Checklist: Have you reloaded/restarted the server after configuration changes? Is the firewall configured to pass TCP port 5432 from the client? Is PostgreSQL actually running on that port? Use netstat -tnlp | grep :5432 to find out. (run as root to get the program name) Is no other rule in pg_hba.conf blocking access? Are there any errors in your error ...


2

The best method to incremental backup Postgres is to use periodic hot physical backups and continuous WAL archiving. http://www.postgresql.org/docs/9.1/static/continuous-archiving.html The periodic physical backup can be done with rsync using the --copy-dest= option to take advantage of any previous copy reusing unchanged files. This is a very effective ...


1

export puts the variable in the program environment, which is propagated to forked processes. If you want any processes you launch to know about the new location, you need to export it (although if it is already exported, you don't need to use export again, but it does no harm to do so). If you want to be totally sure, export it. If it is already in your ...


1

I think what you're looking for is this product, it's open source and it's called dbmail. Based on it's description it sounds like exactly what you want: DBMail is an open-source project that enables storage of mail messages in a relational database. Currently MySQL, PostgreSQL, Oracle, and SQLite can be used as storage backends.


1

It won't. You have 3 options if you want yum to deal with your new software. Option #1 - use deadly force Download the .rpm files that you're attempting to install and tell rpm to install them for you. You can do this using 1 or a combination of these 2 switches to get what you want. --nodeps do not verify package dependencies ...


1

It is Debian distribution policy that configuration files, binaries, and data are stored at these three different locations. There are various reasons for this, including: consistency between packages easier to tell which directories to back up, to audit, to tune, etc. could mount /usr read-only The reason the binaries are split over two directories has ...


1

This splitting is pretty typical for most services. I'm on Fedora but most distributions do the same in terms of organizing files based on their type, into designated areas. Taking a look at the Postgres SQL server: The configuration files go into /etc/ Executables go into /usr/bin Libraries go into /usr/lib64/pgsql/ Locale information goes into ...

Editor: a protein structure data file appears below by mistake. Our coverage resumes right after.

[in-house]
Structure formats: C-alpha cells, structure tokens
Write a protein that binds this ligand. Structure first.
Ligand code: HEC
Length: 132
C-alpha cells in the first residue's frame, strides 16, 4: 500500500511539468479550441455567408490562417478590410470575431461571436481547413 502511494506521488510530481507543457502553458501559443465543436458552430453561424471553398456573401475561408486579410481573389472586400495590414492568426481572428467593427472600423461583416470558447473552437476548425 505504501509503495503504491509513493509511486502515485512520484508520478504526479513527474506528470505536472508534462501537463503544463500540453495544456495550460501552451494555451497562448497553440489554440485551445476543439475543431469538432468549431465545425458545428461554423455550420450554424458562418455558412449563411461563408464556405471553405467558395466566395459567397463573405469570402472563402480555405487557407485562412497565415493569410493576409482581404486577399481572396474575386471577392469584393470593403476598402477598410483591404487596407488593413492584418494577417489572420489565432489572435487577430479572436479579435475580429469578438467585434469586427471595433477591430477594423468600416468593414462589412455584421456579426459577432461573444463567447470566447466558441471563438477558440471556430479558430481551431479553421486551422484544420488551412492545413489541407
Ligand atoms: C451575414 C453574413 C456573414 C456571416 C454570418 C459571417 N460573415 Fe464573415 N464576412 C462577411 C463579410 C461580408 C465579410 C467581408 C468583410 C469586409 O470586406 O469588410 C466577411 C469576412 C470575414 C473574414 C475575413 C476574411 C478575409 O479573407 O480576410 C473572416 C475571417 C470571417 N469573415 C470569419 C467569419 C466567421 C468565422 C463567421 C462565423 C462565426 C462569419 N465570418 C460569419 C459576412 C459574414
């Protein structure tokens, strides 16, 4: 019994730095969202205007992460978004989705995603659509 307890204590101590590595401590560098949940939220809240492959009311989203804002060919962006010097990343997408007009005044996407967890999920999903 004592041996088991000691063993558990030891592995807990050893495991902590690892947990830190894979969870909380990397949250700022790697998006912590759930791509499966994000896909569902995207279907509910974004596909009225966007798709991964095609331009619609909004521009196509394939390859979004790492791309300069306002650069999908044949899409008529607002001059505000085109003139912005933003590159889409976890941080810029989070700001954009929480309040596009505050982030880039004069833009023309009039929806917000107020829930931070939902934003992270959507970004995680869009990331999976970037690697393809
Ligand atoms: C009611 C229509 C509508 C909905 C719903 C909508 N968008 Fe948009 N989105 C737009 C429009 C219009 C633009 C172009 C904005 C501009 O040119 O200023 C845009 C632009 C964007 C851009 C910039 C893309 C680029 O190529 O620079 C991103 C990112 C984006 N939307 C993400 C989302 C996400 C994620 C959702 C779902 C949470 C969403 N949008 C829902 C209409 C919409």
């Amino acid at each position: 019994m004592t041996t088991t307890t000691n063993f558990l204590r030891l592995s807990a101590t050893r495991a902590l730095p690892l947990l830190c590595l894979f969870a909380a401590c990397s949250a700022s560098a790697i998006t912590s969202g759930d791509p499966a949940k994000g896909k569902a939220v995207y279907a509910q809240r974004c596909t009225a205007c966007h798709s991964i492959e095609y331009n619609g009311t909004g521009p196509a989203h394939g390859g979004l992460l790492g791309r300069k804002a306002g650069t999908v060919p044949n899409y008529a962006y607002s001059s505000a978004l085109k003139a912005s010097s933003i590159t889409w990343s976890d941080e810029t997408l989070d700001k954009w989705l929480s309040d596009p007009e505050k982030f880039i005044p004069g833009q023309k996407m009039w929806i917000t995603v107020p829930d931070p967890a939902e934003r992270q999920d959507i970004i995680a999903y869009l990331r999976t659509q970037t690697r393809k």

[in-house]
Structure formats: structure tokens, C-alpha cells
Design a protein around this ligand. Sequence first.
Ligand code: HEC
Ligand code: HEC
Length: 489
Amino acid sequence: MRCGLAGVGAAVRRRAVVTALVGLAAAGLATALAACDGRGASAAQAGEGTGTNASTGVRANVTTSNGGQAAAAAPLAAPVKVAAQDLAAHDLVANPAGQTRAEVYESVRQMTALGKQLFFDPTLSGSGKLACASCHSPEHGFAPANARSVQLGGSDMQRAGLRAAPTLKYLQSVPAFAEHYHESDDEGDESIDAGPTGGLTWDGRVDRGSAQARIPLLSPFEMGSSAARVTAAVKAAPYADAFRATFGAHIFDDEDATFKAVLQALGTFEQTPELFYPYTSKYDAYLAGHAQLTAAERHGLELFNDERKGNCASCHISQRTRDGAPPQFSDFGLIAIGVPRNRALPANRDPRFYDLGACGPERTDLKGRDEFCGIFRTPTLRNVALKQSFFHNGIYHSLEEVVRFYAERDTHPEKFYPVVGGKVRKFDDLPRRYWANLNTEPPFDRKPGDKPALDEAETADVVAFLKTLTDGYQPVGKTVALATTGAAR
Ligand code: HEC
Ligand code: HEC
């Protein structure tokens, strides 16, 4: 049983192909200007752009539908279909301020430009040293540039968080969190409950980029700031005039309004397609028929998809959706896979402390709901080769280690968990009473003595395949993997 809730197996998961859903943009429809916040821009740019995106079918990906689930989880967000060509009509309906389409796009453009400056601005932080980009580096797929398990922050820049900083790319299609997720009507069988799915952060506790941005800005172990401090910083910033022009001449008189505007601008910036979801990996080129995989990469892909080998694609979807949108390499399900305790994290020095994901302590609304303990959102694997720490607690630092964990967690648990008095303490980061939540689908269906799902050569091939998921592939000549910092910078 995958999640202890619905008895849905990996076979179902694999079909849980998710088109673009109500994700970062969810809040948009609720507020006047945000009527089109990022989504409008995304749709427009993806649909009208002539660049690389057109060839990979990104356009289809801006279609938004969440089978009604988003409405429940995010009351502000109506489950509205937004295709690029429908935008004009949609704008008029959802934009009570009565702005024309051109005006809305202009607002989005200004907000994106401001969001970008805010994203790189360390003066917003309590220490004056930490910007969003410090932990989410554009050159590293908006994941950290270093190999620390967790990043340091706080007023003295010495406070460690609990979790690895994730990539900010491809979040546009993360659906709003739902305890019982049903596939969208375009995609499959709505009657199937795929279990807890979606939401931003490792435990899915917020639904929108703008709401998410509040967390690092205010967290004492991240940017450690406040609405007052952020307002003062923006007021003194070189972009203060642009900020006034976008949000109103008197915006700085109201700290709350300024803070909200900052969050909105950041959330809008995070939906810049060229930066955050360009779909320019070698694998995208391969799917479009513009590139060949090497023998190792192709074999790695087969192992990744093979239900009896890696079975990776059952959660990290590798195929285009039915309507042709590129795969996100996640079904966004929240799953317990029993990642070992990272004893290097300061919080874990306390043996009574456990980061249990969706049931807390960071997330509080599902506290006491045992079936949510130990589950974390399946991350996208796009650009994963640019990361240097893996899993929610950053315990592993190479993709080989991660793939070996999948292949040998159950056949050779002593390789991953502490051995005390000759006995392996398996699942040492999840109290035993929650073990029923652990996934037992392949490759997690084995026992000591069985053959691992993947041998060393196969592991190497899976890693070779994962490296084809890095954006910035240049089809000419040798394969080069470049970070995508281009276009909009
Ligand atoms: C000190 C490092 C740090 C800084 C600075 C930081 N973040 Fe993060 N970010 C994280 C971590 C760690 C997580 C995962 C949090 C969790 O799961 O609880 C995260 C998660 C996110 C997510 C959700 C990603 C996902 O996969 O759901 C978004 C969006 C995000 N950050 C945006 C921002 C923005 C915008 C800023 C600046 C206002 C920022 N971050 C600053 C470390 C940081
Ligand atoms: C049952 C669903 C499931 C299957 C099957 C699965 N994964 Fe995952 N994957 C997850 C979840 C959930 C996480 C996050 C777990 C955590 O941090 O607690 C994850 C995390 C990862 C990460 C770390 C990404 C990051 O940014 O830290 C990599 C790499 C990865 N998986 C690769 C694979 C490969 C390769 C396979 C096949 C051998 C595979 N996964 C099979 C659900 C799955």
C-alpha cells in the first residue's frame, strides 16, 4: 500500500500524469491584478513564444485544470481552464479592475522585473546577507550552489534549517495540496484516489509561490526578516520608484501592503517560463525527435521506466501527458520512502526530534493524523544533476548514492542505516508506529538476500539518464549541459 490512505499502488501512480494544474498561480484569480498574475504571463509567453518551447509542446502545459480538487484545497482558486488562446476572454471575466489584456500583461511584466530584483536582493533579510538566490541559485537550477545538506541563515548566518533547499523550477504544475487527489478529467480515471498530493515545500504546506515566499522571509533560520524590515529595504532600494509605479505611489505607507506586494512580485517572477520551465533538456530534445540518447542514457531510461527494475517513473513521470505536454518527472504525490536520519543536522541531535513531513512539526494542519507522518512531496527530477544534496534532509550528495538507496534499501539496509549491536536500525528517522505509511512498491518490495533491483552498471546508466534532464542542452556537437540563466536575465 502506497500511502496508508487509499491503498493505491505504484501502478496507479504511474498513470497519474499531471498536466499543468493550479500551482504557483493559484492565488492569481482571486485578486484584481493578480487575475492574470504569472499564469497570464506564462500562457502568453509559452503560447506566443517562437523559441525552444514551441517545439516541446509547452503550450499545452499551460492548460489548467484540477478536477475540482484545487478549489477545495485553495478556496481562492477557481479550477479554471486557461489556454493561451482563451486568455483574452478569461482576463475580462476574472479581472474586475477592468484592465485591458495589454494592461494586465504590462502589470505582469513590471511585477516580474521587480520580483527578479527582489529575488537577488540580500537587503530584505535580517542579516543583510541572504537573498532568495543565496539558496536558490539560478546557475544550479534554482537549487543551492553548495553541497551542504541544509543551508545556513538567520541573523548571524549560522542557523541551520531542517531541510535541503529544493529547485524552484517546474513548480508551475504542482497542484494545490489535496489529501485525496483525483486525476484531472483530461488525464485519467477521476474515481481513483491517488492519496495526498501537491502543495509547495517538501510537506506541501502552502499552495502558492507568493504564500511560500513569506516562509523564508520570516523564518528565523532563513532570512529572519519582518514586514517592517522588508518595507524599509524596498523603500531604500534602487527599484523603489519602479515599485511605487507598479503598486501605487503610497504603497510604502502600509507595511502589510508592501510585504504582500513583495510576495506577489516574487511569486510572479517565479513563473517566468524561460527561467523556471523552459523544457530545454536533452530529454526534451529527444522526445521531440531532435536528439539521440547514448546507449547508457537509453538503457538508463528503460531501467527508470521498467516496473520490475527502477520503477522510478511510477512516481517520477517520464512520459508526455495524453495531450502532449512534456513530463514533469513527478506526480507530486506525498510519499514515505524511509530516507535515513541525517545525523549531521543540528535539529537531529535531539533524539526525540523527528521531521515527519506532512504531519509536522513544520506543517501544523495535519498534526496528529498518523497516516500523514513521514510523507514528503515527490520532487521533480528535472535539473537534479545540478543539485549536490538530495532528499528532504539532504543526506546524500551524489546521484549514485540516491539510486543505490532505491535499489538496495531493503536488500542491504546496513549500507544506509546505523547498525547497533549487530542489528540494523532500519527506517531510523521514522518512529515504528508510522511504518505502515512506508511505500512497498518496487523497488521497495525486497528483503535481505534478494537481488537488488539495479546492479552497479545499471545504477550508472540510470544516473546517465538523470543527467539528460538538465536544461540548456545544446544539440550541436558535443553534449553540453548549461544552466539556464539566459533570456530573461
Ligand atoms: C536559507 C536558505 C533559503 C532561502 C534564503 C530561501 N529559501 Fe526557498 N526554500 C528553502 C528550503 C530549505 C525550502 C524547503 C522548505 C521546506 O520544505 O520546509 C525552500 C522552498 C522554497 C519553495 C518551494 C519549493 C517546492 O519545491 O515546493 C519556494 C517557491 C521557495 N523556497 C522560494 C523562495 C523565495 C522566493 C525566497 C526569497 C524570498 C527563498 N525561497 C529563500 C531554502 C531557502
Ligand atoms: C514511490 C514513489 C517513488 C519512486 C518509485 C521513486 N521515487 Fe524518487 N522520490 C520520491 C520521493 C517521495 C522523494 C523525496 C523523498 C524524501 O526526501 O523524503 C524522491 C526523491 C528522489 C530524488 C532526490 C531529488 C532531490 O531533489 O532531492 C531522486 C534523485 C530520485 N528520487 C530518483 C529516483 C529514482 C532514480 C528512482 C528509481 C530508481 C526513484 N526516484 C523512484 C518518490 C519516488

1

stefan@laptop ~ $ su - Password: laptop ~ # useradd example laptop ~ # su example example@laptop /root $ exit laptop ~ # logout stefan@laptop ~ $ su example Password: The user can only be logged in as root without a password. To log in as the postgre user try to su as root (if you have root). So try a: sudo su postgres and that should work.


1

I had to edit my pg_hba.conf file: # TYPE DATABASE USER ADDRESS METHOD # "local" is for Unix domain socket connections only local all all trust # IPv4 local connections: host all all 127.0.0.1/32 md5 # IPv6 local connections: host ...


1

The following assumes that the unix user running psql has a postgresql account which is capable of accessing 'nm.table1'. If not, you will also need to provide authentication details to psql. The best way to do that is to have a ~/.pgpass file containing the authentication details. Anyway, once authentication is sorted out, getting data from psql queries ...


1

This turned out to be an selinux issue. I disabled it and was well. Full config below. For those of you that arent up on selinux (like me until today) the config can be found in: /etc/selinux/config It can also be turned off temporarily like this: echo 0 > /selinux/enforce Full config [root@integration selinux]# cat config # This file controls ...


1

I would try the following since it seems like you're attempting to start the PostgreSQL service with vagrant's credentials even though you're doing a sudo. This will just confirm that you can in fact start PostgreSQL. $ sudo su - $ service postgresql start If you can start the service using the above commands then something is up with your vagrant ...


1

Another option, that may be suitable for you, is to uninstall the old parallel version: on debian/ubuntu: sudo apt-get remove postgresql-8.4 sudo apt-get remove postgresql-client-8.4 That preserves the later version (e.g 9.1) removing only the older 8.4 client and server libs.


1

Alternatively, to avoid symlinks, and to avoid changing your $PATH, you could add your command to the hash table: hash -p /usr/pgsql-9.1/bin/psql psql This will put your command into the command hash table and it will be executed before any other command (in fact, no path search will be performed). If you used a command called psql before, then it ...


1

Your reason for Debian is a good one. But in the future your should stay on that choice. Another idea might be using RedHat, CentOS or Scientific Linux. I found a quite stable looking repository for EL5.